Blog 2 minute read
PRmoment recently hosted an event in partnership with Prospect that compared working at a PR agency with working as part of an in-house PR department.
First up James Gordon-MacIntosh from Hope and Glory told us why he liked working agency side:
1. The thrill of the chase.
If you work agency side you must enjoy pitching. It should be exciting; you need to thrive in that competitive environment and be able to live with that pressure.
2. Massive variety in your work.
Agency side you will most likely be responsible for different accounts with varied work that has differing objectives and quite possibly in different markets. This variety must be embraced.
3. Great power and relatively little responsibility.
Agency side you need to come up with big ideas and probably implement those ideas. However, you are unlikely to be responsible for those ideas if they go belly up. (Albeit your agency might lose the business, but you will live to fight another day.)
4. Part of a team.
Most successful agencies have great camaraderie between their teams. This can mean a fun work and enjoyable working environment.
5. Be an expert
It’s fun being an expert. People listen to you, they value your opinion.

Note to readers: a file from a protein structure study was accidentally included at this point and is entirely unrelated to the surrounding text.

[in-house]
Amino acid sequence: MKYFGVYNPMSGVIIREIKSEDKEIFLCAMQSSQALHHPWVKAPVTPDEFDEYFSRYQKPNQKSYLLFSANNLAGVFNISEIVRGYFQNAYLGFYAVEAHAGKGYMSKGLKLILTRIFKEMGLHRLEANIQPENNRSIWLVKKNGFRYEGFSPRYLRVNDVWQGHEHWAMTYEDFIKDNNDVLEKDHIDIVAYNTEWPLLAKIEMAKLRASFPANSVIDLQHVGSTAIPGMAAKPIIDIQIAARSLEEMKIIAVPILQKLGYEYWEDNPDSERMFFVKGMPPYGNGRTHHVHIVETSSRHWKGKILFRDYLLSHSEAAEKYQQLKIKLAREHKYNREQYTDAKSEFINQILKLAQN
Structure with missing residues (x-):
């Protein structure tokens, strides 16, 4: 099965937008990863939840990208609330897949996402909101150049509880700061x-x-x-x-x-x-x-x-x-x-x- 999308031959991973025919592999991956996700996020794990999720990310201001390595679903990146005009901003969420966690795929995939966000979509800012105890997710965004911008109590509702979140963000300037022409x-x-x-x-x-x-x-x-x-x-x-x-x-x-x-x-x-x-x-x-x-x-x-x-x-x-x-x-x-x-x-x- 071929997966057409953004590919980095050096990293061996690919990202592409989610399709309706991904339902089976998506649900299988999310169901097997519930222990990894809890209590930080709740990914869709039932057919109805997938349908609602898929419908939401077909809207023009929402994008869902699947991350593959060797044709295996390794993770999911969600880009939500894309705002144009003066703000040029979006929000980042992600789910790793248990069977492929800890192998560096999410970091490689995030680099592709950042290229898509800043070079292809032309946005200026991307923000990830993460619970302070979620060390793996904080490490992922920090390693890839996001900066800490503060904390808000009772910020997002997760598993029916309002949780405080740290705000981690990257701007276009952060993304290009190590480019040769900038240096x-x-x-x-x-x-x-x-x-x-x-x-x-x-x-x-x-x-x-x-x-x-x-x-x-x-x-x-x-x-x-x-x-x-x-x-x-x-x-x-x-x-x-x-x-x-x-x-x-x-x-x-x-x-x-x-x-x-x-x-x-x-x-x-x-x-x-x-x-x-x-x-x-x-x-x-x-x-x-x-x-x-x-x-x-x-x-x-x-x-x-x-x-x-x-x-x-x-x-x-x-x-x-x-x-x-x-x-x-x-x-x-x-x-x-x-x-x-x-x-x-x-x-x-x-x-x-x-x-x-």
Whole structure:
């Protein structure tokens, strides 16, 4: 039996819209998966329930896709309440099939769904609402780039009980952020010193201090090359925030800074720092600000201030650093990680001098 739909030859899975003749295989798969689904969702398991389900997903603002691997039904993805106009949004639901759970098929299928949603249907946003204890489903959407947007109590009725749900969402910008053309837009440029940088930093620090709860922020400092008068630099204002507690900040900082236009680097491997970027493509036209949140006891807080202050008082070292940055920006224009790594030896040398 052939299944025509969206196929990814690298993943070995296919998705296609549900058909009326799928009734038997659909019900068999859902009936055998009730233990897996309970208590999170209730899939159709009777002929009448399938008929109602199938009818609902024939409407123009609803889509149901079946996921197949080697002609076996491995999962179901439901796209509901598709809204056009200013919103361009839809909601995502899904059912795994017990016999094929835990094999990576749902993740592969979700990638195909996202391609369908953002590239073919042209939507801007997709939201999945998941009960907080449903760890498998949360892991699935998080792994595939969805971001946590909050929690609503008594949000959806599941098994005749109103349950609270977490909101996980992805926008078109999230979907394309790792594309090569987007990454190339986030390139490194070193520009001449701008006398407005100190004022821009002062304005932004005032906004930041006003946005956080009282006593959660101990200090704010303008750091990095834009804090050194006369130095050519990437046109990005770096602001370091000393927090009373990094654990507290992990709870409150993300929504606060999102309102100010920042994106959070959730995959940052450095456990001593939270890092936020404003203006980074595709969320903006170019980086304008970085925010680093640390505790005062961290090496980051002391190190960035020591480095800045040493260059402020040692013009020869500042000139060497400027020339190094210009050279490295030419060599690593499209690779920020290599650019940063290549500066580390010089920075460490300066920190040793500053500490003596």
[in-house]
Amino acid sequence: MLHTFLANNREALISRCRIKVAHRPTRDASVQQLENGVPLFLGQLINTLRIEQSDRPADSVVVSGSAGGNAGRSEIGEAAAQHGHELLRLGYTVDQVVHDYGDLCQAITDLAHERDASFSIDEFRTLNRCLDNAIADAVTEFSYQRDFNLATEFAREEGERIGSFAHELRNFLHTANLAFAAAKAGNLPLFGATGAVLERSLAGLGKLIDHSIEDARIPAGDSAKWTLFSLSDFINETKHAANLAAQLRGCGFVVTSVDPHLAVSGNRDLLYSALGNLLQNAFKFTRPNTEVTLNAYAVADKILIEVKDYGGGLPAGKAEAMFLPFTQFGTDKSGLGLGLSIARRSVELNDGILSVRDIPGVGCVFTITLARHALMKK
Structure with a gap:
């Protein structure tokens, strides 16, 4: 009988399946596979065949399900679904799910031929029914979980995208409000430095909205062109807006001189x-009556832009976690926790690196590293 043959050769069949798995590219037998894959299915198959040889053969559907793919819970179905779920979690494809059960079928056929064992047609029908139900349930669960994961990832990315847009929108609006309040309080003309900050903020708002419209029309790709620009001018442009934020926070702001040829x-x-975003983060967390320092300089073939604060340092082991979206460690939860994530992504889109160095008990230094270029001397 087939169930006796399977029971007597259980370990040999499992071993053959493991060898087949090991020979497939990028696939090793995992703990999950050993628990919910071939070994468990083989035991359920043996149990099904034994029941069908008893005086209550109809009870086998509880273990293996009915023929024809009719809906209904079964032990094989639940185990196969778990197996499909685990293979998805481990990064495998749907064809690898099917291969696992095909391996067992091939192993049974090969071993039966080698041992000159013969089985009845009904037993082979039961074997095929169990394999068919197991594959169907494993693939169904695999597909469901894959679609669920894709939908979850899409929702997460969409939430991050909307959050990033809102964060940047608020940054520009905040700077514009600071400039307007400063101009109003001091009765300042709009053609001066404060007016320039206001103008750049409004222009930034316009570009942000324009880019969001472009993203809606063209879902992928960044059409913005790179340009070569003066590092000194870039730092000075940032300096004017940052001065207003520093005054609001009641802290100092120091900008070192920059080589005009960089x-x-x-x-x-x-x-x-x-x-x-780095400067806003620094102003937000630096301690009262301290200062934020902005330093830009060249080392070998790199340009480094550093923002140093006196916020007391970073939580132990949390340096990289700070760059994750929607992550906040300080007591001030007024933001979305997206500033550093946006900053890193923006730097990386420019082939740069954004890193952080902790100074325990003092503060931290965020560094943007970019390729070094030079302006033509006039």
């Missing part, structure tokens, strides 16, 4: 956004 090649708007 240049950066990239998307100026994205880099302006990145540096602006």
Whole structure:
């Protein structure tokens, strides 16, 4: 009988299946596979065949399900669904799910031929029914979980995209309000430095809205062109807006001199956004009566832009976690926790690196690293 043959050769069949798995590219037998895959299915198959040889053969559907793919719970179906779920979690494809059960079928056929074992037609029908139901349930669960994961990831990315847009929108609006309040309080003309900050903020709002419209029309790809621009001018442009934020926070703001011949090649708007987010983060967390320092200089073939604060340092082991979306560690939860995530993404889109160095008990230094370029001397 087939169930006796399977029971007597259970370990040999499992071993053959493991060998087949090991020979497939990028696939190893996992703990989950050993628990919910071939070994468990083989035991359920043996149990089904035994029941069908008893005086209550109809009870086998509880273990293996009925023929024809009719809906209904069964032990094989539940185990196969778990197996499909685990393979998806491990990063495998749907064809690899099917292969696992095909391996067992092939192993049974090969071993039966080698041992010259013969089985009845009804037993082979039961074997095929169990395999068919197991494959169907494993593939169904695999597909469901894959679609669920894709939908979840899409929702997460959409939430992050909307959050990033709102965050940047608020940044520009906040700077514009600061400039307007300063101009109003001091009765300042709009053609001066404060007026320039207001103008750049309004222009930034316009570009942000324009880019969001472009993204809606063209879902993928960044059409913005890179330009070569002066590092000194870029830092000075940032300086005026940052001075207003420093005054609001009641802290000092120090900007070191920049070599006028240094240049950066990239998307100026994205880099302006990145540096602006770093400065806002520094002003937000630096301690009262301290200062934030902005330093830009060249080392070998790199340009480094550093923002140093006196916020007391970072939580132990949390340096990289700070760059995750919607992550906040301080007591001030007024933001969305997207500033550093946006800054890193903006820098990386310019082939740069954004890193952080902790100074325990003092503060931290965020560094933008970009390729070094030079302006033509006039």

Sam Hall from Oracle then discussed how the role of an in-house communicator is different from that of an agency communicator. In-house you need to be both influential and have credibility. Sam also said that it was very important that in-house communicators retained a storytelling outlook otherwise you can become experts in agency management and little else.
Finally, bearing in mind work today, it's vital that communicators embrace change.
The diagram below from our event partner’s, Prospect, neatly sums up the comparison of working in-house versus agency side.
There are both pros and cons to working either agency side and in-house. Perhaps it's likely that to reach your full potential as a communicator you may need to spend some time during your career both in-house and agency side.
PRmoment partnered with Prospect for this event: